How do policymakers balance future climate and energy security issues in light of a rapidly changing world? Dr. Camilla Bausch addressed the dynamic geopolitical energy landscape and some associated security concerns for Germany and Europe in a controversial debate with a group of transatlantic Parliamentarians from across the aisle. This was part of the 16th Annual Congress-Bundestag Forum by the German Marshall Fund.
The term energy security invites many definitions. In order to address the wide-reaching implications for security, Dr. Bausch used the defining parameters of supply continuity, affordability and sustainability. Within these parameters, she also considered climate change and its effect on the future energy landscape and placed it in the context of the current political debate.
Dr. Bausch addressed the fact that Europe, with its current dependencies on imports, is vulnerable to geopolitical change. Greater European integration, illustrated by the formation of the Energy Union, helps to curb risks. More autonomy through improved integration of renewable resources would further alleviate dependencies. Although the idea of the energy transformation is popular among the German people, questions of fairness and the capacities of current policies to deliver on climate protection lead to controversial debates.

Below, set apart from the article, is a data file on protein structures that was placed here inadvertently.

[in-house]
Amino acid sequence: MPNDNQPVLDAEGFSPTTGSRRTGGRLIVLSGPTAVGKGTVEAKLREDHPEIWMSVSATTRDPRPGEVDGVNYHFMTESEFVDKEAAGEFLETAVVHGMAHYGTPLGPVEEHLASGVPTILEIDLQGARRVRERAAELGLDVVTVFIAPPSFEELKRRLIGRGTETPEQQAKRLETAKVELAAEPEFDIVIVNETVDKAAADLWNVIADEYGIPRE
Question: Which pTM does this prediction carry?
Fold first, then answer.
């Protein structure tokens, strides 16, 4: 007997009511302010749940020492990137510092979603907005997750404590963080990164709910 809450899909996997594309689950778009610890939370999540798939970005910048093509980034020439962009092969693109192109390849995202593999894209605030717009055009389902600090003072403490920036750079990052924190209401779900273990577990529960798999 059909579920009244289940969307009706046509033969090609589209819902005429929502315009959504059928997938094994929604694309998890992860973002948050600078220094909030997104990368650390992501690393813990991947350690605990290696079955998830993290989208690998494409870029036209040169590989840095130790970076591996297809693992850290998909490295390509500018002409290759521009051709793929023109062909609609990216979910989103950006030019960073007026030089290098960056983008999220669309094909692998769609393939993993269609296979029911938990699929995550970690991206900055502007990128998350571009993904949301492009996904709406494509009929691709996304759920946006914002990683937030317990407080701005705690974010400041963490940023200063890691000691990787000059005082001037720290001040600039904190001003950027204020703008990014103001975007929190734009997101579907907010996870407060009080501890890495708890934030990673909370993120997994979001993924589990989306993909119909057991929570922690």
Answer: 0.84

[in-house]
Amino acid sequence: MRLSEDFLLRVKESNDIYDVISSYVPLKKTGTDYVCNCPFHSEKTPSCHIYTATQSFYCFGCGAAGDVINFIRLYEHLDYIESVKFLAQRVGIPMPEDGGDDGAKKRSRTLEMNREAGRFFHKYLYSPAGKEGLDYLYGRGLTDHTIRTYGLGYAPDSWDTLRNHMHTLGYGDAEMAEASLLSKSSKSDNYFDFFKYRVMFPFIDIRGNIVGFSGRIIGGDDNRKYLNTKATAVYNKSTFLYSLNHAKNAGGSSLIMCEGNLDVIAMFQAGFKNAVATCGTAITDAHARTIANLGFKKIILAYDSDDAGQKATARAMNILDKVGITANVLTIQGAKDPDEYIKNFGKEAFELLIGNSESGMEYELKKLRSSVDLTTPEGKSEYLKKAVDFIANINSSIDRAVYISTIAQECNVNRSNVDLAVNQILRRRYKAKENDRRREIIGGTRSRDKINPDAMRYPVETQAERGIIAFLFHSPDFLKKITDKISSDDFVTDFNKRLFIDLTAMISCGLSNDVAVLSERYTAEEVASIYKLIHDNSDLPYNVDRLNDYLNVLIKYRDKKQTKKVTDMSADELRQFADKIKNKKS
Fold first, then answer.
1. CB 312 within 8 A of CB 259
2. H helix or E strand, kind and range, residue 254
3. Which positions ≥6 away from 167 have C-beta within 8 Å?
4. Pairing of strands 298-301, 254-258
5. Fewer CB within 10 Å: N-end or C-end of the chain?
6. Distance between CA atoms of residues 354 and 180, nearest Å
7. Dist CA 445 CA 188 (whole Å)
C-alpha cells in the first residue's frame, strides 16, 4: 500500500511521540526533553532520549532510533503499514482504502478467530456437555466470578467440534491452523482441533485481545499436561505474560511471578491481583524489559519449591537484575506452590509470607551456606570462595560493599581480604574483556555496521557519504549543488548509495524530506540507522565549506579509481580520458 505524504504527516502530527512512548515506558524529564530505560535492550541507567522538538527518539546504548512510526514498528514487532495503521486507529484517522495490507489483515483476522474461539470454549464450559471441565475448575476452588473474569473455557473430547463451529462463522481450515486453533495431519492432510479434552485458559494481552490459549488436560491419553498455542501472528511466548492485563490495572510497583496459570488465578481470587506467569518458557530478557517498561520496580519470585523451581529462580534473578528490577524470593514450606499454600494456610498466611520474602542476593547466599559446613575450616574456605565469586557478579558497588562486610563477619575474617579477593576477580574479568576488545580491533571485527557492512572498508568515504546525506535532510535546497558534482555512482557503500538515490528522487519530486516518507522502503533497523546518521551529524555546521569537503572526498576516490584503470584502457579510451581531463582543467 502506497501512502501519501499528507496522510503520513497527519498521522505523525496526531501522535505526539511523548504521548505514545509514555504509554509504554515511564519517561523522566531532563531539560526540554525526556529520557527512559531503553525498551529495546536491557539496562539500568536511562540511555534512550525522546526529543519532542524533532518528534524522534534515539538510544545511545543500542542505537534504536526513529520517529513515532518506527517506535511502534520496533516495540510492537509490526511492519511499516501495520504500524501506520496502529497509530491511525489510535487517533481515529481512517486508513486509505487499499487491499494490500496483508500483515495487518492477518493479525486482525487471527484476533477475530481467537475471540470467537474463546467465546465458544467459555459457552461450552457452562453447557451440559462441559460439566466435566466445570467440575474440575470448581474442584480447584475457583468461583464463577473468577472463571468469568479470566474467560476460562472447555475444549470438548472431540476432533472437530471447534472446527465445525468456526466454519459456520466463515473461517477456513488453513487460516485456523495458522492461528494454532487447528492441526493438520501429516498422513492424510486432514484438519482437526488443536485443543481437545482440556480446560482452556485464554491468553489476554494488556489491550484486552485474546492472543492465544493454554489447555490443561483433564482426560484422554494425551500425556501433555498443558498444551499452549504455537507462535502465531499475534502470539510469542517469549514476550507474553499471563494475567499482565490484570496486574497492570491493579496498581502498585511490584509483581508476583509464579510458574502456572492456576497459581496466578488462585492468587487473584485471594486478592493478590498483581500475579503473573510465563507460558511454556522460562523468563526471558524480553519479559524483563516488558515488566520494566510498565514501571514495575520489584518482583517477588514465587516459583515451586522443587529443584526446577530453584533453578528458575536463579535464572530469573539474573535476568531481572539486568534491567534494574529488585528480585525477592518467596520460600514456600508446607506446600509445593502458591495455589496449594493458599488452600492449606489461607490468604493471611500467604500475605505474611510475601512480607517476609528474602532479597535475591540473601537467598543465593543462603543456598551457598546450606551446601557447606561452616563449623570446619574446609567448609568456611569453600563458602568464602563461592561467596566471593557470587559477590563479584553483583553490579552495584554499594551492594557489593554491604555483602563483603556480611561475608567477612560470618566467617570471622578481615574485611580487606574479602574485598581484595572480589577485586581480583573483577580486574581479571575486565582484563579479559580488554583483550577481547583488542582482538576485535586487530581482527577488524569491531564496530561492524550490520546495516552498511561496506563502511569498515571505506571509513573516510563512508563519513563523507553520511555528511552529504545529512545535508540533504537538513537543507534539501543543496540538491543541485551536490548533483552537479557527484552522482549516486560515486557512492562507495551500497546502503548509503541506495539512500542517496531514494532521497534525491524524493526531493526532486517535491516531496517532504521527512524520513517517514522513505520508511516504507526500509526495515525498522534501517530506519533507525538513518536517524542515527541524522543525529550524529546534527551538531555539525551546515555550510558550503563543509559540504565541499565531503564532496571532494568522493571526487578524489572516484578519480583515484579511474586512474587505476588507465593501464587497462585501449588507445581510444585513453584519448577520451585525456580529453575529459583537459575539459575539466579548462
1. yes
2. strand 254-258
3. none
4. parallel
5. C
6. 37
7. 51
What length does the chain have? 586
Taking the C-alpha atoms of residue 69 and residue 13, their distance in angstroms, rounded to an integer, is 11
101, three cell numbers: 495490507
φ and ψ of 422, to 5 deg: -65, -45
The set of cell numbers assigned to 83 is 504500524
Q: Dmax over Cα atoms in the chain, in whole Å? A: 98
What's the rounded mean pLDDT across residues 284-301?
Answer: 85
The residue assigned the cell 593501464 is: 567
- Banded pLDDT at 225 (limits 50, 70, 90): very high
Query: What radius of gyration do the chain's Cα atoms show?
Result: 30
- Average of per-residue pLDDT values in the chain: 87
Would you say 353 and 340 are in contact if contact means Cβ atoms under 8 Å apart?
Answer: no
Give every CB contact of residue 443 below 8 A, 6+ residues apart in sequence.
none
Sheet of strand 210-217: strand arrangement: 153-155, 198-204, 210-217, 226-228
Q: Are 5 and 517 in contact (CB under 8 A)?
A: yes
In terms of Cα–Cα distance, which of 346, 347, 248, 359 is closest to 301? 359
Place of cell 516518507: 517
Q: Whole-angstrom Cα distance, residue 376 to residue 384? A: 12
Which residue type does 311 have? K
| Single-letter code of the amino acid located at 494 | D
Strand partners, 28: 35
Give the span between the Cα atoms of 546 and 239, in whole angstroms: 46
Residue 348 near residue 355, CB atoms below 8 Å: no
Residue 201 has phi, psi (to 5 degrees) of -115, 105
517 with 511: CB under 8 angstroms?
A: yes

Taking all of these many aspects of the energy security debate into consideration, a lively debate with the members of Congress and German parliament ensued, including topics such as future transatlantic cooperation, the increasing role of China and India, the role of Northstream2 and obligations arising from Paris Agreement.
Dr. Bausch was invited as a speaker by the German Marshall Fund and the Robert Bosch Foundation. The annual Congress-Bundestag Forum brings together influential members of the U.S. Congress and the German Bundestag and promotes transatlantic cooperation through discussions of policy issues affecting the United States and Europe.